Friday, 21 December 2012

Confirmation tonight that Diane Abbott is quite possibly the most deeply ignorant woman on the planet

I tuned into Christmas University Challenge on BBC Two this evening to relax after a day spent wrestling with tax returns and buying presents. The Yuletide version of the quiz features distinguished alumni of various universities, rather than the usual selection of confidence-dentingly brainy undergrads. (You can watch it here.)

I enjoy this format, because the questions are markedly easier than they are in the junior version, and I feel roughly on a par with the contestants, knowledge-wise. Apart, that is, from the Labour MP, Diane Abbott, who confirmed one’s suspicions that she knows nothing whatsoever about anything, despite having attended the finest university in the world. To be on an intellectual par with her, one would have to be in a coma.

I first became aware Ms Abbott’s almost heroic lack of intellectual distinction while watching her on some TV book quiz hosted by Julian Fellowes on BBC Four a couple of years back, during which she failed to answer a single question correctly. Not one. (I seem to recollect that James Delingpole was on the same team – the mind boggles – and did rather well, as one would expect.)

Tonight, representing Newnham College, Cambridge against a team from Nottingham University (which included ex-England rugby player and sports journalist Brian Moore and author and clinical psychologist, Oliver James), Ms Abbott almost repeated her literary “nul points” triumph. To be fair, she may have given The Great Gatsby as a correct answer, but only because the title had been incorrectly offered as the answer to the previous question, and even my cat would have known it was the right answer this time. She may also have given her team captain The Peasants Revolt as a correct answer – but I imagine it’s hard to be a Labour MP for several decades without having at least heard of it.

She spent the show nodding in agreement with the women on her team who actually knew stuff, or shaking it to indicate that – yet again – she was stumped, or just looking blankly dim, or leaning forward a lot in a supportive, caring, engaged sort of fashion, as if – despite not knowing anything about anything – her air of puzzled supportiveness might somehow prove a help to her three infinitely brighter team-mates rather than simply irritating the hell out of them.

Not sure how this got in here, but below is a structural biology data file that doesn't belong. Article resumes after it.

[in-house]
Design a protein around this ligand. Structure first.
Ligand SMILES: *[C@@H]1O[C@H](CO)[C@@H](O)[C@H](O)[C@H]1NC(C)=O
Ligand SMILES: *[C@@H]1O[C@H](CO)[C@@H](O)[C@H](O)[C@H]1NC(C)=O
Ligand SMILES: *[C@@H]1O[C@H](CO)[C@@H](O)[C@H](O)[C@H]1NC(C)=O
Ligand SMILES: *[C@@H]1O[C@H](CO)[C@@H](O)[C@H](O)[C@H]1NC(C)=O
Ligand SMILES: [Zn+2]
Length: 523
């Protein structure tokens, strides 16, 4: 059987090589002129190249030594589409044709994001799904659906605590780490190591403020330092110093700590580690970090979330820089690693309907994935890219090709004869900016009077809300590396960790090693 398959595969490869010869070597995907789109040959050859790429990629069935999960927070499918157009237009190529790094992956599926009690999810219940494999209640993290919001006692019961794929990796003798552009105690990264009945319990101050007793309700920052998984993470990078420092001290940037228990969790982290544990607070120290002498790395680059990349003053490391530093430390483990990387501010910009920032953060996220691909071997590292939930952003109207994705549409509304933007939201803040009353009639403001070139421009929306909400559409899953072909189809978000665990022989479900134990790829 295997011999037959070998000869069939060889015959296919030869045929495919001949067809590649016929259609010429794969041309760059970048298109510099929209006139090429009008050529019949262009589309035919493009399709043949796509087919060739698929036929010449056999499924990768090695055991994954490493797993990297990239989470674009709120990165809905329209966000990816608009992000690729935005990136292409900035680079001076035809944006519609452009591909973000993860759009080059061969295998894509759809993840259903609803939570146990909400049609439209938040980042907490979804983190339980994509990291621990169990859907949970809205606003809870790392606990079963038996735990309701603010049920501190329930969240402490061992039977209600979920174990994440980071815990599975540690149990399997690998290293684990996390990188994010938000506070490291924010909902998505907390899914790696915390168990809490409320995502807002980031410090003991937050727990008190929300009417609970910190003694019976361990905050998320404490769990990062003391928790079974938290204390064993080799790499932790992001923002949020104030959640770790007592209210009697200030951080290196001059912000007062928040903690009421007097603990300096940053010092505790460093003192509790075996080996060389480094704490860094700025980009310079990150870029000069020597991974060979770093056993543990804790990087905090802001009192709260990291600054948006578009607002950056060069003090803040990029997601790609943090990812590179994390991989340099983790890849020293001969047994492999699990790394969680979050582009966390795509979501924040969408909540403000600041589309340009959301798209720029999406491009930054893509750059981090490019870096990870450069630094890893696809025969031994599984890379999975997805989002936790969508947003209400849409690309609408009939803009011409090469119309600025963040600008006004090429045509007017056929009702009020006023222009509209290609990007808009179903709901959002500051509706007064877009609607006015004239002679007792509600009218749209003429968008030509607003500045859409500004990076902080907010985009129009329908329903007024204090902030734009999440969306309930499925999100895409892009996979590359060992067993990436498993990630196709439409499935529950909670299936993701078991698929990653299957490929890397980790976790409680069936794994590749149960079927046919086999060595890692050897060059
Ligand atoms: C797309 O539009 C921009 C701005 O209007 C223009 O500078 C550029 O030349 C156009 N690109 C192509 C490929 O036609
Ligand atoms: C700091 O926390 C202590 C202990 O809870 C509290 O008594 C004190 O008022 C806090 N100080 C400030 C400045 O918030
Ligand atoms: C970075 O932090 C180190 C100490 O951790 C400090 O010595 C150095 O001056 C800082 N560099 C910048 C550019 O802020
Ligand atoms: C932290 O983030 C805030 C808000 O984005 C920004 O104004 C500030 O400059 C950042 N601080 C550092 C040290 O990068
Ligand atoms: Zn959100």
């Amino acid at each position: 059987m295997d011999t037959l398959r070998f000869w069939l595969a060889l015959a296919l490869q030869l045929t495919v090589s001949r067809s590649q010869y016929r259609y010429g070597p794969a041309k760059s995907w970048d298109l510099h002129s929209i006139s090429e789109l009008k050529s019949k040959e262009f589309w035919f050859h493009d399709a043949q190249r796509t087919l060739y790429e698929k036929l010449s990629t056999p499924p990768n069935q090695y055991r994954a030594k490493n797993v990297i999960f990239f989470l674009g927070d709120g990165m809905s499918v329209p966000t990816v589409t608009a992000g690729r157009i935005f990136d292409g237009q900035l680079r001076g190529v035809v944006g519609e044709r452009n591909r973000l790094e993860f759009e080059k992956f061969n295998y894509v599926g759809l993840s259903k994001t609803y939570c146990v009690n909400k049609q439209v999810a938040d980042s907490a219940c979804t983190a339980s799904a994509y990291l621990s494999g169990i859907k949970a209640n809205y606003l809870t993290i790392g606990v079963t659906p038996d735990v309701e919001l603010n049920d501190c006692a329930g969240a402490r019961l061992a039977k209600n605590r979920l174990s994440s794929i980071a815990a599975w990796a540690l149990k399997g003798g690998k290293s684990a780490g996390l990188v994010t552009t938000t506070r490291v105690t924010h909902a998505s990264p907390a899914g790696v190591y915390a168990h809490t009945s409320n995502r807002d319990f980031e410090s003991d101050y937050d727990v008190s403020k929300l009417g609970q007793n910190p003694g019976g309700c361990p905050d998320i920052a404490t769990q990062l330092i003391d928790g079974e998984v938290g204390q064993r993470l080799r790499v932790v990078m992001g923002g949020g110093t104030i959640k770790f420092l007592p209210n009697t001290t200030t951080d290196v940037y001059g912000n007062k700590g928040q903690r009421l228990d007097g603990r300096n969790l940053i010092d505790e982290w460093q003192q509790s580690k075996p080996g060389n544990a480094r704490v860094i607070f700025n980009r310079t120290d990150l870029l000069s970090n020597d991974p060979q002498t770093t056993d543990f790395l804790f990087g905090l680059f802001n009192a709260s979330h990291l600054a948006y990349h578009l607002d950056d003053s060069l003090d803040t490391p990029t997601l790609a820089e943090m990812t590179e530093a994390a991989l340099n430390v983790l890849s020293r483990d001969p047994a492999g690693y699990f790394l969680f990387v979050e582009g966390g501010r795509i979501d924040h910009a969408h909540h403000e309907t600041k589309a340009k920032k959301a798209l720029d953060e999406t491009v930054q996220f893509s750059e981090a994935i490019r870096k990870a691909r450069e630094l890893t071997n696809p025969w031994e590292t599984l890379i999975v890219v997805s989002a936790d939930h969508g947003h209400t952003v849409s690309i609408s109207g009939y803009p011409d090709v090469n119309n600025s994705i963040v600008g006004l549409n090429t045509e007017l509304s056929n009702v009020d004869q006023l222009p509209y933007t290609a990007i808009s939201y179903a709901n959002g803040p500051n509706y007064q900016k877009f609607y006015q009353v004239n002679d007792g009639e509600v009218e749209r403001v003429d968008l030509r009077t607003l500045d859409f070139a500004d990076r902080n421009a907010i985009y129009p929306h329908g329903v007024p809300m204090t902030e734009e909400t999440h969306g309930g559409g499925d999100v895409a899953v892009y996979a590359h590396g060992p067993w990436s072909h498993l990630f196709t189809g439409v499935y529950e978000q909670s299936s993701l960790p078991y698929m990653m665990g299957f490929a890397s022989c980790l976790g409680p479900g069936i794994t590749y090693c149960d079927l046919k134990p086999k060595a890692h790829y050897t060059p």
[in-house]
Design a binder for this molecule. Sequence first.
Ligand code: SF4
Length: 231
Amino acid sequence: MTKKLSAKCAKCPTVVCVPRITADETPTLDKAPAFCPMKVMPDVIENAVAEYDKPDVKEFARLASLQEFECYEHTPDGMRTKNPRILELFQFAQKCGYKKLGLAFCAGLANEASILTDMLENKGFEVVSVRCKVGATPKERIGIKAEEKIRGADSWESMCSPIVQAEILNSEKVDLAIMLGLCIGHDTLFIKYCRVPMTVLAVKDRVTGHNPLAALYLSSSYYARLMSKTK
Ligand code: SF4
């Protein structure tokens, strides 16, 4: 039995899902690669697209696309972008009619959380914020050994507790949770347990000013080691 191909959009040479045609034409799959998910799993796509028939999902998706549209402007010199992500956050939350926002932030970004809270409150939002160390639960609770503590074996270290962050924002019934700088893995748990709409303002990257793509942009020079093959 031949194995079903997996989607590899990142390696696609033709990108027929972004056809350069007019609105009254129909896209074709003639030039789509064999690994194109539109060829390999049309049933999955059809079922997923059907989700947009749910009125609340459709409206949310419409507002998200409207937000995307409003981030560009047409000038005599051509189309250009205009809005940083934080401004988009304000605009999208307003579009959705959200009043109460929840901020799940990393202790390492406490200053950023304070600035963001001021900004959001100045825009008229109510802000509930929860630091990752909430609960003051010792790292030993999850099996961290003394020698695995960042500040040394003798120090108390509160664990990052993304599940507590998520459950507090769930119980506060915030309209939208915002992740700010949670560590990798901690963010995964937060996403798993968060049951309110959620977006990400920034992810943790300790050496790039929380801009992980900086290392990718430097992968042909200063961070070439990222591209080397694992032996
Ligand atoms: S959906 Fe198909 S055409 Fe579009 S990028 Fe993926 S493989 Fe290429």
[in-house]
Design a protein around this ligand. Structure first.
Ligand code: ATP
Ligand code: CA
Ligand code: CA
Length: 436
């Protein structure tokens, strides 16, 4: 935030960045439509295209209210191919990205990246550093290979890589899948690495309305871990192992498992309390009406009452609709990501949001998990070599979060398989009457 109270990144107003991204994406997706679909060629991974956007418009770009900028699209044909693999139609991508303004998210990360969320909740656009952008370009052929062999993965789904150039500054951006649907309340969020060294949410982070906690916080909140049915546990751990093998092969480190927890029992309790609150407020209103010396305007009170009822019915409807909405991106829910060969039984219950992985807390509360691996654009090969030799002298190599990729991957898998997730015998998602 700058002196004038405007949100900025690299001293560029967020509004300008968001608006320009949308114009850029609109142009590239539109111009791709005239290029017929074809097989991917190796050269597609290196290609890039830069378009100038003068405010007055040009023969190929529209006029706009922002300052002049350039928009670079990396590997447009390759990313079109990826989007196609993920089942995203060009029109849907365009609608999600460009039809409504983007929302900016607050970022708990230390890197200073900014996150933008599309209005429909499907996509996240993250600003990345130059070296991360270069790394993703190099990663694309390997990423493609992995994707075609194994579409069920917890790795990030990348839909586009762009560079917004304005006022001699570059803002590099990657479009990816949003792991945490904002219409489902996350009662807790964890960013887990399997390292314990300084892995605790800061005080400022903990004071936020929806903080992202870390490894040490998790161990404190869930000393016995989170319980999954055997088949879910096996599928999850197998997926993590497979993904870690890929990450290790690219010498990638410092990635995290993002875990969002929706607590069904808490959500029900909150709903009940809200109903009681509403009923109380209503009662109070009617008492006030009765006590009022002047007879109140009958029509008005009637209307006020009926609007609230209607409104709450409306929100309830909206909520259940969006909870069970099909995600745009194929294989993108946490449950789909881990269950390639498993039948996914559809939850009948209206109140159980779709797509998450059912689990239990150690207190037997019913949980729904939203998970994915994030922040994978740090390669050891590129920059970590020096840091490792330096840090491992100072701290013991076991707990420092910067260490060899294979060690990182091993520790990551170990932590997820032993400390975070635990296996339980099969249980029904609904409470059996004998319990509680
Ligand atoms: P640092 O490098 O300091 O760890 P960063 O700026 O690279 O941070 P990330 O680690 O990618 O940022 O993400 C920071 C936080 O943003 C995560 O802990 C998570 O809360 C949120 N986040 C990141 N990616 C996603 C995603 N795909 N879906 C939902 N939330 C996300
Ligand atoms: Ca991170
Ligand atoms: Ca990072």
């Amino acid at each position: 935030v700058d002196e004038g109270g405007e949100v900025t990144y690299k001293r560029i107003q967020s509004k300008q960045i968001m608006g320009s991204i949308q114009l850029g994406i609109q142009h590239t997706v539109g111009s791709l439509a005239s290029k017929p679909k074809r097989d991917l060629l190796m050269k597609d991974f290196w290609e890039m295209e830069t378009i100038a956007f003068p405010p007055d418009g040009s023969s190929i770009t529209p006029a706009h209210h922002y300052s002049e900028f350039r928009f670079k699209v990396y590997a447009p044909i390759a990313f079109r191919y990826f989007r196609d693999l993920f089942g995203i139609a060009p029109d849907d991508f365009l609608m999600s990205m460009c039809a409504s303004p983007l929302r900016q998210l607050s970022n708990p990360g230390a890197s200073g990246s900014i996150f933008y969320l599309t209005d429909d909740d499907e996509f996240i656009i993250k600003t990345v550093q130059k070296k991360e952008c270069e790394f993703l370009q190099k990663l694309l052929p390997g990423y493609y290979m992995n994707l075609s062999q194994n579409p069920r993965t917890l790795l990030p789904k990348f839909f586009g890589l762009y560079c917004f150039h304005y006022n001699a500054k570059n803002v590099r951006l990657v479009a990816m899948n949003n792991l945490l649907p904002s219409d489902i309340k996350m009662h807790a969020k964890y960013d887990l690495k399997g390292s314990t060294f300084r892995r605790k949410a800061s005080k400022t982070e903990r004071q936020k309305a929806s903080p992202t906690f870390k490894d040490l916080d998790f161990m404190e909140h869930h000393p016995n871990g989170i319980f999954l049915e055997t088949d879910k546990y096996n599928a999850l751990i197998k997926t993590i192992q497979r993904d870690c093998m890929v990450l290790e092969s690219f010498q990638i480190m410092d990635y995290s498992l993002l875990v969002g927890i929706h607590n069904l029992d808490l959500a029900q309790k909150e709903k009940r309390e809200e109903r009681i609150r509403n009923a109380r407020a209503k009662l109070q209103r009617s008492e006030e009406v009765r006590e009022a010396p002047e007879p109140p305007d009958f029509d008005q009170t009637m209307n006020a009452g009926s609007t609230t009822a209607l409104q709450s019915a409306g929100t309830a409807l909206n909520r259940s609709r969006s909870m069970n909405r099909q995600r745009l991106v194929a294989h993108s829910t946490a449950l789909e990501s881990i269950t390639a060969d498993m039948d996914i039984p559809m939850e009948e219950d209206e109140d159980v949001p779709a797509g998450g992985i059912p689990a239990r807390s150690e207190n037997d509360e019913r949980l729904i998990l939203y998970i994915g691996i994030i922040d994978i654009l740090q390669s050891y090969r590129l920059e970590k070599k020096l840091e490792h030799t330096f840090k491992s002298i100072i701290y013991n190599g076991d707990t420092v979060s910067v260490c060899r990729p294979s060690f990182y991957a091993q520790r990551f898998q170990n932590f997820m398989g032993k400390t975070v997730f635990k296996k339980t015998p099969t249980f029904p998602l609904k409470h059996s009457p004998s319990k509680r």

Diane Abbott spent three years at Cambridge reading History. Her tutor was Simon Schama. How can you spend three years studying history under such a distinguished practitioner and end up knowing absolutely sod all? I mean, I was quite suprised she actually managed to remember her own name when she had to introduce herself at the start of the programme (I expect it was on autocue).

It begs the question – and I fear it may already have crossed your mind – as to how in the name of God she got into Cambridge in the first place!

I have no idea. Can anyone help? Without breaking the law? 

3 comments:

  1. Not without breaking the law - on several counts.

    Paxman asked for the identity of an Italian Natural Philosopher who made some pronouncement in 1623.
    Abbott: "Einstein".

    I mean, even I know that it was Galileo who danced the fandango with Scaramouche [have I got that wrong?]

    ReplyDelete
  2. Talking of the intellectually gifted, while ambling gently through the Christmas Spectator, the temperate weather suddenly turned arctic when I found this:

    'There's foul weather ahead for all universities, but particularly for Oxford colleges,' warned the senior fellow as he welcomed the appointment of the former Observer editor Will Hutton as Hertford College's principal last year.

    But if Will Hutton is the solution, what is the problem? ...

    ReplyDelete
  3. Tangentially, since I didn't watch this particular episode, it's noticeable how unchallenging the questions on Celebrity UC are, compared with those set in the real UC. Even so the celebrity contestants appear to make heavy weather of them all the same.

    As to Abbott, the Italians have a wonderful expression which roughly translates as Abbott "rejecting the opportunity to remain silent" (no matter what idiocy she spouts thereby). But, after all, she is a politician and very few politicians, given the opportunity to hear the sound of their own voice, can resist the temptation.

    ReplyDelete